Part of a series from the Fresh Start Group on what Leave would look like.
What does Vote Leave mean for the Defence of the Realm?
- We will continue to defend our Country through close cooperation with NATO, as we have for 70 years;
- We will continue to cooperate with our European Allies.
“We are clear that NATO is the cornerstone of our defence.”
– Rt Hon David Cameron MP, 12th February 2012
Current problems with EU membership
The UK is one of only two EU nations with full spectrum defence capability. Its defence, intelligence and security services are highly valued by its allies. NATO has been the cornerstone of our security for nearly 70 years, with the EU playing, at best, a complementary role. The UK chooses to take part in EU missions and furthers our interests and contributes financially to others. Participation in such operations is also open to non-member states and NATO. Our co-operation and interoperability is highly valued and would continue if Britain decided to leave the EU. Intelligence sharing and defence capability development can only be done on a bilateral basis. Moves to create EU-wide intelligence agencies would not result in intelligence being shared EU-wide. We would lose nothing by leaving, but would gain much.
As the EU Common Security and Defence Policy moves toward greater integration, the UK’s freedom of action and operational effectiveness is being increasingly constrained. We send the monetary equivalent of a warship a week to the EU.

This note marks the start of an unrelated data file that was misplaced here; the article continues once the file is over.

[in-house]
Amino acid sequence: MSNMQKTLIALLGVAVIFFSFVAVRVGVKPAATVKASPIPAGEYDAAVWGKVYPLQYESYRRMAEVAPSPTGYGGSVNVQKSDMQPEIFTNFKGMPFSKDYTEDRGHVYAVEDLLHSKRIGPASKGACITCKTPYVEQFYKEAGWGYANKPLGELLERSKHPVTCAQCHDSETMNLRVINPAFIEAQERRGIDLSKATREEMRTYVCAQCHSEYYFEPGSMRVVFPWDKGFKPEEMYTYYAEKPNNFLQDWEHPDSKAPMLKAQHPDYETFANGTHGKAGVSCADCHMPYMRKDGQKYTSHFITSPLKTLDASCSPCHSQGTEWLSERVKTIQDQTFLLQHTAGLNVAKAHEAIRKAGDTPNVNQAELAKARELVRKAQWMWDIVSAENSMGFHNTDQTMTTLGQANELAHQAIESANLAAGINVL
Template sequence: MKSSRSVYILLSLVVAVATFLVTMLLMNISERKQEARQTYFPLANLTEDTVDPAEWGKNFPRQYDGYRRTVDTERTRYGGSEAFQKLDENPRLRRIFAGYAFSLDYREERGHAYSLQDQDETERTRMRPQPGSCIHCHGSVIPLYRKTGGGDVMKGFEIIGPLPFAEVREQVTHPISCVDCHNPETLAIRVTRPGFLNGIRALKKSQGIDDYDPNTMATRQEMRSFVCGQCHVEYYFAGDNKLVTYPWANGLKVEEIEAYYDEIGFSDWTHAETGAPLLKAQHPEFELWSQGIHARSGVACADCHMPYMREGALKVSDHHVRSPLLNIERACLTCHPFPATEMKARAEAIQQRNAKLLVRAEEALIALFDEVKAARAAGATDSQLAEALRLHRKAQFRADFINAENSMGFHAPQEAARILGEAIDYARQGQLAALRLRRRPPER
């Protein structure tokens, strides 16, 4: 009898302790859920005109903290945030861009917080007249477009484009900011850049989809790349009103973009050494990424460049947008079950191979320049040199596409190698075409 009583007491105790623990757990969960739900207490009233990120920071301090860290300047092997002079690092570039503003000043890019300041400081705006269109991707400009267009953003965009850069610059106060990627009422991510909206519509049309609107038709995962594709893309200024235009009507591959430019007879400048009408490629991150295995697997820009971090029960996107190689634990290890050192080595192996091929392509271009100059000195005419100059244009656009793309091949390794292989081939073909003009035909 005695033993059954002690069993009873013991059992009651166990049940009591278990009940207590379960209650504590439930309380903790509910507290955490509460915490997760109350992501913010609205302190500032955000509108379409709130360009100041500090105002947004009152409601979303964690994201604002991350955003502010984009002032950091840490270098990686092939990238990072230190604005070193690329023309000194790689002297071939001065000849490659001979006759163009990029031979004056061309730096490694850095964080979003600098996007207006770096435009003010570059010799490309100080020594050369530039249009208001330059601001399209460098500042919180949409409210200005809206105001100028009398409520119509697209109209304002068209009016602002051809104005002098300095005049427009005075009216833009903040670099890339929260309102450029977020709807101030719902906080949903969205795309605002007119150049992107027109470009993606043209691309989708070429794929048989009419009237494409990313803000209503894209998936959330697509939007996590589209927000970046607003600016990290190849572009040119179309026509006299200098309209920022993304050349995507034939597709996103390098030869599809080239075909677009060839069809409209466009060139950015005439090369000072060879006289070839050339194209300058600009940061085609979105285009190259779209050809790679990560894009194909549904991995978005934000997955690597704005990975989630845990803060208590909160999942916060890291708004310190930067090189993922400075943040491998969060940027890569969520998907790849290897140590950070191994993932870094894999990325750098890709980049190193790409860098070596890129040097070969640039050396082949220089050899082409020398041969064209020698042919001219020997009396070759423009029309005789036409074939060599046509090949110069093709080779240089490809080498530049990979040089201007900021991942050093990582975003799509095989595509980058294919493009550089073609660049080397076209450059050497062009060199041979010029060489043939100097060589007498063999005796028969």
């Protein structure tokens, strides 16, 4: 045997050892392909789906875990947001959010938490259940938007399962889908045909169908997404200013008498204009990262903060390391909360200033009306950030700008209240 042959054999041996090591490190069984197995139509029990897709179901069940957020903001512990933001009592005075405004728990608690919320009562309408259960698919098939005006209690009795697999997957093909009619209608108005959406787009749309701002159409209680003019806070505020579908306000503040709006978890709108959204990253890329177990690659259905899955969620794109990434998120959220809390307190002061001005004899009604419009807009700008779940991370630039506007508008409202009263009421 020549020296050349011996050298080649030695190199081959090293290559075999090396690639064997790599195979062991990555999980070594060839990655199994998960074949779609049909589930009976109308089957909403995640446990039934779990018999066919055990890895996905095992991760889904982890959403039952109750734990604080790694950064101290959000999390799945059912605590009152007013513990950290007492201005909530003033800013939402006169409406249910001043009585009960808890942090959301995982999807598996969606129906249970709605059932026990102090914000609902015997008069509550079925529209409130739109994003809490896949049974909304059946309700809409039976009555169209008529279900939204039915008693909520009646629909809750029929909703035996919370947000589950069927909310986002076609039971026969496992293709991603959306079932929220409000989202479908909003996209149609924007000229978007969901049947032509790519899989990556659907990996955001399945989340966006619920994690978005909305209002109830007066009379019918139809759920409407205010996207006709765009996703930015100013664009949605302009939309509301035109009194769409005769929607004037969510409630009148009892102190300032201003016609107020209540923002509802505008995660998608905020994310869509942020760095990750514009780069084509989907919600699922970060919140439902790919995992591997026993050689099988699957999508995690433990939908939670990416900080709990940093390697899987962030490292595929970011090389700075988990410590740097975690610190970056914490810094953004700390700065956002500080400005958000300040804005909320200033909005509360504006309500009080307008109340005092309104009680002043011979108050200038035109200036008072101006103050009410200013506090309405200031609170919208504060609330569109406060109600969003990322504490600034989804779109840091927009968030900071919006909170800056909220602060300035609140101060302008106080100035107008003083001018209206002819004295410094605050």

Our critical intelligence gathering and sharing with the US is being placed in jeopardy, and ruled as illegal by the EU. We are unable to have full control over our borders, so that even if we suspect someone of being one of the 5,000 Daesh trained fighters Europol thinks have returned to Europe, we are powerless to prevent their entry to the UK. Funding for established EU missions that we support are being vetoed by other nations, wasting resource and effort. Judges interpreting European laws are undermining international humanitarian law in armed conflict resulting in litigation against our troops and limiting their actions in theatres of war. And the failure to recognise the needs of member states to thrive economically and secure their own borders is resulting in civil unrest, the rise of extremism and tensions between states. The EU assumes authority over defence and security without having or displaying responsibility.
Immediately following Vote Leave
There will be a smooth process of transition following Vote Leave and as all EU law is enshrined in UK law it will remain in place unless repealed by the UK Parliament. For the duration of the renegotiation period, the UK would continue to be a party to the EU’s Common Security and Defence Policy (CSDP), including commanding the EU battle group next year. All EU treaty arrangements would continue to apply to all member states. We could confirm our commitment to NATO to spend two per cent of GDP on defence.
Within 2-5 years of Vote Leave (depending on EU process)
Whilst there will be areas of cooperation with the EU, the fundamental underpinning of UK defence policy is our relationship with NATO. With sovereignty restored, we would be able to explore options such as:
- Use our freedom of action to focus defence activity, engagement and budget on the interests of the UK;
- Revise defence procurement regulations to improve UK competitiveness in this sector;
- Investigate closer integration and intelligence sharing with the “Five Eyes” under the terms of the UKUSA Agreement and formal expansion to include the SIGINT Seniors Europe (SSEUR) comprising Denmark, France, the Netherlands, Norway, Germany, Belgium, Italy, Spain and Sweden;
- Save the £23 million currently spent each year on CSDP.